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First off, I grew up in San Francisco. So the word commune was frequently bantered
about such as, “My parents started a commune,” “I need to get back to the
commune” or “I escaped the commune.” Historically, every single time I would
hear the word “commune” I would cringe. Images of dirty, unshaven hippie-esque
creatures frolicking in the woods reeking of Patchouli, chanting and sharing
their partners not unlike a hookah would haunt my brain.
But now, as a busy, slightly
overwhelmed and stressed adult in search for support in my community, I am
starting to see the allure in such a living arrangement. Recently I have
started to fantasize about what kind of community I would want to create. But
before you rush over to start braiding my underarm hair, I need to clarify what
of commune, close-knit-neighborhood, modern-day-kibbutz and purpose-built community
this would be. Here is what I have planned:
1. We would have a big area of land within 40 miles of a major
metropolitan city. That way we would all have the option of still having “real”
jobs, access to city culture, and to see the newest movie in the theater.
2. Everyone would have their own homes, on different plots of
lands. There would be no “shacking up” in shared homes (unless you opted to do
3. There would be a huge “clubhouse” where meals would be
served. There would be a chef on staff who would create a varied and nutritious
menu everyday. Oh, and all the food would be organic, locally sourced when
possible with much coming from our own land (because it IS a commune, right?).
4. There would be gardens and little patches of farmland. And
chickens! There would be friendly chickens named Bo, Trixie and George that
live in beautiful coops laying their wonderful eggs. All our children would
tend to the fields so they learn about how food is grown and the fulfillment of
providing for yourself. Alice Waters would visit and give us a thumbs up.
5. There would be wi-fi. Like CRAZY fast wi-fi.
6. There would be a kid’s club. Anytime you needed to drop of
your kids to go the city to see that new blockbuster, or if you just needed to
run to Safeway, you would have a safe, reliable place to send them. The sitters
at the kid’s club would be really nice, have training in CPR and know all the
lyrics to “Do You Wanna Build a Snowman?”
The doctor would always have Band-Aids, Aspirin and Benadryl.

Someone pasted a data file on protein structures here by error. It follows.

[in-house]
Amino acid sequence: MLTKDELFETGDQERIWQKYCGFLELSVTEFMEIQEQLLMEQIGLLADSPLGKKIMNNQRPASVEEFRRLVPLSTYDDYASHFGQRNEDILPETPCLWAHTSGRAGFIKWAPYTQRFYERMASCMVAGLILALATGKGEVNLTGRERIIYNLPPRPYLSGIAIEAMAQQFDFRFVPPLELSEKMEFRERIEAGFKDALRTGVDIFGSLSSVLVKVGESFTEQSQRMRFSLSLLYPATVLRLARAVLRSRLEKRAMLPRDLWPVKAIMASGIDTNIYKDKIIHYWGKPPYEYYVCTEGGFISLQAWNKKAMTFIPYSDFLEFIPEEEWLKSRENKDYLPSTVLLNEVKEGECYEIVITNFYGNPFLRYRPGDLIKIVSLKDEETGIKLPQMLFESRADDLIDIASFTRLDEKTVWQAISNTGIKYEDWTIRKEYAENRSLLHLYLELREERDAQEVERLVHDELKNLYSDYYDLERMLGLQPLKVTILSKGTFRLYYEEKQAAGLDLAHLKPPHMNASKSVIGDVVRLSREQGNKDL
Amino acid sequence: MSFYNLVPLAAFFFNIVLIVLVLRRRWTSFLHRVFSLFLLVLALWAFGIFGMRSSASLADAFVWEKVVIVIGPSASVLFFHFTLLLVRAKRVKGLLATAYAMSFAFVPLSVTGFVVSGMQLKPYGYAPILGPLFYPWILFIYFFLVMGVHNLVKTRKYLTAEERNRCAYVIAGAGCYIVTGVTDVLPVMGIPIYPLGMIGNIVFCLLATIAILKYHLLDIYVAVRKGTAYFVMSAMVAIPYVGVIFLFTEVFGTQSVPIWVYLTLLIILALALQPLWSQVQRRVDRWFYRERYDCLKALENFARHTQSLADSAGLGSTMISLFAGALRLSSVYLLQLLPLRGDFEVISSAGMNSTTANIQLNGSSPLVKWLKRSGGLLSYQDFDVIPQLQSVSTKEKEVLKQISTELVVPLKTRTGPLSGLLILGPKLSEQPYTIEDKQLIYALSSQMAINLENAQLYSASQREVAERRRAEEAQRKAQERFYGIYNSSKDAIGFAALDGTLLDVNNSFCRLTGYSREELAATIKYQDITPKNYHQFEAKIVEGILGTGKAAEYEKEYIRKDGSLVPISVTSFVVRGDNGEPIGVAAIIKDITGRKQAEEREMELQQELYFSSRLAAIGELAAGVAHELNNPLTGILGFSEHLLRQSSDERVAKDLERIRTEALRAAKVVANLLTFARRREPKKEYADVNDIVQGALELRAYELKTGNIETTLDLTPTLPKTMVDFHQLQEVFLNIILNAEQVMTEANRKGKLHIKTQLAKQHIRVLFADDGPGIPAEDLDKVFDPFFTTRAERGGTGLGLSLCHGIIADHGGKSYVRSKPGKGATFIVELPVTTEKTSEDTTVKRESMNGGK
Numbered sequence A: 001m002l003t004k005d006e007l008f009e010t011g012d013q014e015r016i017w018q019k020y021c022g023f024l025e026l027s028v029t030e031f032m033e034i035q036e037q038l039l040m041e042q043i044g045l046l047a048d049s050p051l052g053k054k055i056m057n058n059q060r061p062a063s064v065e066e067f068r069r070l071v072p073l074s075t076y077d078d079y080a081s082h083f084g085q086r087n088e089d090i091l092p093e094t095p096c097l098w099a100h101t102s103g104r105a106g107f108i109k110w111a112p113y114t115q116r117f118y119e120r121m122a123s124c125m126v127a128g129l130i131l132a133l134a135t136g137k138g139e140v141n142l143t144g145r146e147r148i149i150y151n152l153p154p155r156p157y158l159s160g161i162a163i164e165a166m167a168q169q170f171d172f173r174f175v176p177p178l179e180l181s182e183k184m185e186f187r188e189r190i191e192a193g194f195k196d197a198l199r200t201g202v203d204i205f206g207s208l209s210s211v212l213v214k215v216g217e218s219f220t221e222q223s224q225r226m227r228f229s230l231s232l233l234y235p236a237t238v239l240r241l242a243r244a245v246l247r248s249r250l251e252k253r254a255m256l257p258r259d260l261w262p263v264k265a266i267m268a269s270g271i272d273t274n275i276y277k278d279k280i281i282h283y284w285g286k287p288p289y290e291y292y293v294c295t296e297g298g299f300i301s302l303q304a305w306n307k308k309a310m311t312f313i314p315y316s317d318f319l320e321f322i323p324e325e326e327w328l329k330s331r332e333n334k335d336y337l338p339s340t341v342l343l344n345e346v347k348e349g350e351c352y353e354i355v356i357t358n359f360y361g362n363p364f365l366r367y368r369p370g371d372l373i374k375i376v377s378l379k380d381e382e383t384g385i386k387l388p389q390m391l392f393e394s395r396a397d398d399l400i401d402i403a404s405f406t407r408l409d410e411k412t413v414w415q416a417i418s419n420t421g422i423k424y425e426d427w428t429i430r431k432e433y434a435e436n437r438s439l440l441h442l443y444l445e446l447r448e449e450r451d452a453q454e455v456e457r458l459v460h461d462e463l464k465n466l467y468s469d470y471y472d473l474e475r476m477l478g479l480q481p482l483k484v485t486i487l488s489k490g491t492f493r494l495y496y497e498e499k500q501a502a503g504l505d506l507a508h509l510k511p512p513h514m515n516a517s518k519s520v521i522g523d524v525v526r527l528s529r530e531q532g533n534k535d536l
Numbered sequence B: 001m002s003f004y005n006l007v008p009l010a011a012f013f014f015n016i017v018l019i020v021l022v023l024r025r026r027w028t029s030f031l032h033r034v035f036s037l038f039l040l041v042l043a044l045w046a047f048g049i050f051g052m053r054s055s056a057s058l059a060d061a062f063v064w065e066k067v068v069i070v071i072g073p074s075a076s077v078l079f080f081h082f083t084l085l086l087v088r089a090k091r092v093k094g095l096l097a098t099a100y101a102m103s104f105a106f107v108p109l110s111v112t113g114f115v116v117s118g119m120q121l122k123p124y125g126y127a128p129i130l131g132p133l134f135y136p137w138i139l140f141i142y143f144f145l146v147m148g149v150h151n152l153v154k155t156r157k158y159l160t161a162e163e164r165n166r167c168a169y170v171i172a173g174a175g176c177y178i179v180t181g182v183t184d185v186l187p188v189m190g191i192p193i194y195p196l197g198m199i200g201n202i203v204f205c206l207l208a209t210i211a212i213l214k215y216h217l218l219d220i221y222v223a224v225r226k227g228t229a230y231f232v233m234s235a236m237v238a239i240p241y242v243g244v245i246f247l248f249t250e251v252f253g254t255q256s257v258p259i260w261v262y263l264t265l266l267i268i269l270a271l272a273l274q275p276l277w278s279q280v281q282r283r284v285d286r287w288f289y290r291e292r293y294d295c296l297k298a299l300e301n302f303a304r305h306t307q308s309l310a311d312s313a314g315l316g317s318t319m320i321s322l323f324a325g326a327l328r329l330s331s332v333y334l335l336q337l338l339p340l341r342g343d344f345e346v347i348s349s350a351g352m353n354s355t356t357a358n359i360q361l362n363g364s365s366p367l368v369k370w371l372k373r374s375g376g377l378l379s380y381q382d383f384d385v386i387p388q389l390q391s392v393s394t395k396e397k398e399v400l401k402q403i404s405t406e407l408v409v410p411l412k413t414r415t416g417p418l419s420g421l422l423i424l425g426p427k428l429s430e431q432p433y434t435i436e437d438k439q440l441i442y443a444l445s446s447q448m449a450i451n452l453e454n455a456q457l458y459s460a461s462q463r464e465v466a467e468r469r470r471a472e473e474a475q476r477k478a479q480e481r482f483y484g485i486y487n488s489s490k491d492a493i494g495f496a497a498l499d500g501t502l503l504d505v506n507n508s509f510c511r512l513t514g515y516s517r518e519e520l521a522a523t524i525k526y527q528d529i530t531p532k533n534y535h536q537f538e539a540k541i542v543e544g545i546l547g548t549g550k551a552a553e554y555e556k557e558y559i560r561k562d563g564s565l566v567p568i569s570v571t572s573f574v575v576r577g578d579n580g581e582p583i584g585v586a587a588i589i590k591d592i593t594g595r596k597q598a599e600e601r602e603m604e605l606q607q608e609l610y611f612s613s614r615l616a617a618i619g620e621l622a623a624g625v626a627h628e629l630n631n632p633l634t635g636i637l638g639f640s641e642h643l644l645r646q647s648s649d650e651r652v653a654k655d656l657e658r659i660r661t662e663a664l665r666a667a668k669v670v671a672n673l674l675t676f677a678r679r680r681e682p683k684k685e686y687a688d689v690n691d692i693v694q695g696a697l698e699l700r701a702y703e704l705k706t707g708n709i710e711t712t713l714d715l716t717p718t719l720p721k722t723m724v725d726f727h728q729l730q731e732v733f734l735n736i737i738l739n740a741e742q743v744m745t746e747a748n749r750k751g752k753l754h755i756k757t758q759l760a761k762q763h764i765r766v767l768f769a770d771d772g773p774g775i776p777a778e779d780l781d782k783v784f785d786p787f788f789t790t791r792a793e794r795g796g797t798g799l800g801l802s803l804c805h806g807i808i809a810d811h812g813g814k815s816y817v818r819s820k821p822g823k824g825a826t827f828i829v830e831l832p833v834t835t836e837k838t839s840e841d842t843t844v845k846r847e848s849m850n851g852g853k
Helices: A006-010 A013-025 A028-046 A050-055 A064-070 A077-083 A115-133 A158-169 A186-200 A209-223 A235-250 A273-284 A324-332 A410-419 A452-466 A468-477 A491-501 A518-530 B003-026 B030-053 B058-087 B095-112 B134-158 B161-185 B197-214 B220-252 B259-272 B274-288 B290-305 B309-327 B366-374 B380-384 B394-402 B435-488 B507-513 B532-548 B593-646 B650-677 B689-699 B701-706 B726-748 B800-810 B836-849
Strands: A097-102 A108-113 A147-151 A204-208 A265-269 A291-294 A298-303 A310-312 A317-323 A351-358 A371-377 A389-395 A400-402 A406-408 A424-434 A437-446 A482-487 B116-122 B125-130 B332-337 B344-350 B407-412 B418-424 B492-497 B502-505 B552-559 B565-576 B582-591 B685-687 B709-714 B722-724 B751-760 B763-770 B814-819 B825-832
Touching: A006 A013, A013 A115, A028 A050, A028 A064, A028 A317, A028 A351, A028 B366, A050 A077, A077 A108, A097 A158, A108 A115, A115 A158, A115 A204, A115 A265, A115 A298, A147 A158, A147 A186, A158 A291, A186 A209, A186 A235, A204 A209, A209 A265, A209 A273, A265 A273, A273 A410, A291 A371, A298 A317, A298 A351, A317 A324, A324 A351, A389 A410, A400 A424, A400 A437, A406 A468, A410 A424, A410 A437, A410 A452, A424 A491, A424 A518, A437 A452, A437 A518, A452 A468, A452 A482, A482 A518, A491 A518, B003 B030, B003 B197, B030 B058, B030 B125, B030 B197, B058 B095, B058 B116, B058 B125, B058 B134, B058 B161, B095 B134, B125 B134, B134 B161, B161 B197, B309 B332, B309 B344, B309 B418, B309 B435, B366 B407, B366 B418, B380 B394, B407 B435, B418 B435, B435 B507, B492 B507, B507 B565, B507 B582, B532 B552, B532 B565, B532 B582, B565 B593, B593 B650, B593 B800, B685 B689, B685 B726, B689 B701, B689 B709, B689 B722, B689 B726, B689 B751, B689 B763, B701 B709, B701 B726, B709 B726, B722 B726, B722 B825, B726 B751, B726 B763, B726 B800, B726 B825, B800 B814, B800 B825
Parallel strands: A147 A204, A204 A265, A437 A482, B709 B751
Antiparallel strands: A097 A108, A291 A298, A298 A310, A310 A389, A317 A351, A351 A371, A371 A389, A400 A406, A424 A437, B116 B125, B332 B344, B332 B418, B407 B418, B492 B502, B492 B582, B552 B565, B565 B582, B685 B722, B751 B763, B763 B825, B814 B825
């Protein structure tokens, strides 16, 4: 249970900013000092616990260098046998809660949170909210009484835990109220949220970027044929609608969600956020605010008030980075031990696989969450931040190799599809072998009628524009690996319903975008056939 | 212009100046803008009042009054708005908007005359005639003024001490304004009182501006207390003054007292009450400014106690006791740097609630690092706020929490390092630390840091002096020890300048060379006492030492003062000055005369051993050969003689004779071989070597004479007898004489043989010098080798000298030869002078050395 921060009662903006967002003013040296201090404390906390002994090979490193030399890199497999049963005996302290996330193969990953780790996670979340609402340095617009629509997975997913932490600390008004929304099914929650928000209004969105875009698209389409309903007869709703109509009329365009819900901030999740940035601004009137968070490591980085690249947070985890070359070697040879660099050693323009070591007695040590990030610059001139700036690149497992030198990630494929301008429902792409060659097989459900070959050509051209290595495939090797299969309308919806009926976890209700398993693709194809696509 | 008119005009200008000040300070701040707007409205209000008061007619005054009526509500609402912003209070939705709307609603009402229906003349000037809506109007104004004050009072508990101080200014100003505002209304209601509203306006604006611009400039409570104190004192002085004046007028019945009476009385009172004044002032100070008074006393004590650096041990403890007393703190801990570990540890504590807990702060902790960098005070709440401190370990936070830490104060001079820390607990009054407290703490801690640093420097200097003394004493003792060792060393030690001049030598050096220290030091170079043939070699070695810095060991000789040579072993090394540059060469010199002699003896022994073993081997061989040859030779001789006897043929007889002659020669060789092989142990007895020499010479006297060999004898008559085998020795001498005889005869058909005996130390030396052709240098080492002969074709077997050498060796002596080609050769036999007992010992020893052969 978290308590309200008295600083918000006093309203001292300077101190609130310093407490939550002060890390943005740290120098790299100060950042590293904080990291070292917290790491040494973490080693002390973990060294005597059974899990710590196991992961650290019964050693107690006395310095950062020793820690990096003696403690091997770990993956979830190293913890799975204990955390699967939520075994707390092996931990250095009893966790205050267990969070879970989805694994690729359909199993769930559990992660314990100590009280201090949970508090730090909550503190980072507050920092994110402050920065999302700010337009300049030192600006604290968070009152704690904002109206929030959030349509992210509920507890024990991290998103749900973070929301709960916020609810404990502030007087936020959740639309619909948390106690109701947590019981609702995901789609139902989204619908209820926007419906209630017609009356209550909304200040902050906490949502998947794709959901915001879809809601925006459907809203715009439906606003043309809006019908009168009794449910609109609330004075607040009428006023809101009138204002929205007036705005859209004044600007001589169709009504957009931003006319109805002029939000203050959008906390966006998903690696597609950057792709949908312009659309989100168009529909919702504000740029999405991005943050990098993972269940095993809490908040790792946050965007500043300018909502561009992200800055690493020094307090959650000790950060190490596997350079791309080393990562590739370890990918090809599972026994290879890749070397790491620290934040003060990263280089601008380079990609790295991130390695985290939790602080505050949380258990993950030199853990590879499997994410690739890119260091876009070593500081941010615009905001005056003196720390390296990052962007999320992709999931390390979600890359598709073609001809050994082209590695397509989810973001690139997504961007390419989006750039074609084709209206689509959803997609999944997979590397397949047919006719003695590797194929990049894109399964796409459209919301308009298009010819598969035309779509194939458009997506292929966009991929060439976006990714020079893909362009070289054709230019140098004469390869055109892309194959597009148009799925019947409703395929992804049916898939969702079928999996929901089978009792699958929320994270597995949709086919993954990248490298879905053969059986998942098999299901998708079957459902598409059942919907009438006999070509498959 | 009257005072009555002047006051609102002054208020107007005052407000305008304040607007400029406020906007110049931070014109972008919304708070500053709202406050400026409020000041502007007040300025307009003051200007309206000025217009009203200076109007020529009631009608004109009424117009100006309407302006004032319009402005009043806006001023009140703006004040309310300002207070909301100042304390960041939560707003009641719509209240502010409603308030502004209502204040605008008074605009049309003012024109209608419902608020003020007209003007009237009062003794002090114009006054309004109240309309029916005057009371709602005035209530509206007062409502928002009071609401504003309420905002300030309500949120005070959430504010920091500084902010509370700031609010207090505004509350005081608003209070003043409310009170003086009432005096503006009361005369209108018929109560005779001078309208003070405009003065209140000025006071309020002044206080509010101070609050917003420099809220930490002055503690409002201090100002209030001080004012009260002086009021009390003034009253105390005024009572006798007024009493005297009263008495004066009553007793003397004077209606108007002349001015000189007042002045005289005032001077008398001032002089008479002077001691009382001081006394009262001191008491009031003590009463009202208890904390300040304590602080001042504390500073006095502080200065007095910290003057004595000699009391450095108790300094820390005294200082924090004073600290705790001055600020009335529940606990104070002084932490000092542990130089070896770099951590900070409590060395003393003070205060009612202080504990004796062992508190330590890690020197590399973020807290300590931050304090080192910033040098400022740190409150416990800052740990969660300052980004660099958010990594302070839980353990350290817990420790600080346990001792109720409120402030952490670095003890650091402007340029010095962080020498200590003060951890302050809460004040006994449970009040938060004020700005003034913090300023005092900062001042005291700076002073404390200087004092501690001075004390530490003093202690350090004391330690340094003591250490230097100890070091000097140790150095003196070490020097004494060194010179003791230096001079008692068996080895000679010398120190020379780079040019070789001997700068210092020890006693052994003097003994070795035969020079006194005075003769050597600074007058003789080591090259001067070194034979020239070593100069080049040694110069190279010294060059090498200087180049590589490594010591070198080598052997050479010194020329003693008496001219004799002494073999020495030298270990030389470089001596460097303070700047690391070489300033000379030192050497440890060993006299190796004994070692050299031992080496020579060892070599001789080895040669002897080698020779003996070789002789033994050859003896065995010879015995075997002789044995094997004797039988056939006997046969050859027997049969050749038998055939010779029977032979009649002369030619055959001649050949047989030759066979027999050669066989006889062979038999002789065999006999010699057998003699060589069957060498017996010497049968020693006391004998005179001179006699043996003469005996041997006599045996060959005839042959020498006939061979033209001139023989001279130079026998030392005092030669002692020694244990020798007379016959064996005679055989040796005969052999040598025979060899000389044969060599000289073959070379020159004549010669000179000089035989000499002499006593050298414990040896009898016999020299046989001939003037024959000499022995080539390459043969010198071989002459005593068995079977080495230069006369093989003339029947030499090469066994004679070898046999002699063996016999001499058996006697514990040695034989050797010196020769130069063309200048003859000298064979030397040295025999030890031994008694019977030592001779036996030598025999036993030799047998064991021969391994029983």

7. We would have a spare home that we would use for visiting
artists/teachers — a wonderful space where we would host painters, writers,
chocolate makers, basket weavers, what ever our community interests are. And in
exchange for the temporary room and board, they would give us lessons in
whatever their specialty is.
8. And speaking of lessons, there would be a big recreation center
type of place where we would hold meetings, concerts, performances and classes. Don’t
you think Adele and her family would come to stay and entertain us a couple
times a week?
9. At all times there would be a doctor or a really great RN
living amongst us. As part of their social contract with the community, they
would tend to those feeling under the weather. They would always have Band-Aids, Aspirin and Benadryl.
10. There would be a personal assistant that everyone shared, a
community gopher. Need your dry cleaning picked up? Ask the gopher. Need a rental
car dropped off? Ask the gopher. Need someone to stay home when the cable guy
stops by? Call the gopher.
11. There would be a school bus, exclusively for the use of the
community, with a really awesome driver. At first I was thinking we’d have our
own school, but I think we’d want our kids to get to know kids outside of our
utopia right? If you think we could pull it off, we can talk, but for now I’m
thinking we’d have a school bus that would drop off and bring home the kids to
all their various schools.
12. Oh, and speaking of the kids. In the recreation center there would
be a piano that was always kept in tune (and kept in a soundproof area). Our kids could go there for afternoon piano classes with the resident
piano teacher. We could also have guitar and violin lessons too.
We might even come up with our own holiday. Like Gizmo Day.
13. There would be a huge shared lawn where kids can play
soccer, crawl around and just play.
14. There would be no prevalent culture, religions, political
leaning, or particular way of life. There would be a strike rule not to force
our beliefs on our neighbors.
15. There would be traditions and parties. Halloween, St.
Patrick’s Day, even Groundhog’s day would be a day to celebrate. We might even
come up with our own holiday. Like Gizmo Day (where everyone brings in a wacky
invention) or Book Day (where everyone dresses lie their favorite literary
character and exchanges books). Fun would be had.
16. Oh, and books! Don’t we all love books? Of course we do
(because this would be part of the screening process — you must love books to
live here). We would have various book clubs depending on the topic from
non-fiction, the newest bestseller to a cookbook book club. In the recreation center
there would be walls of books that everyone could borrow whenever they want.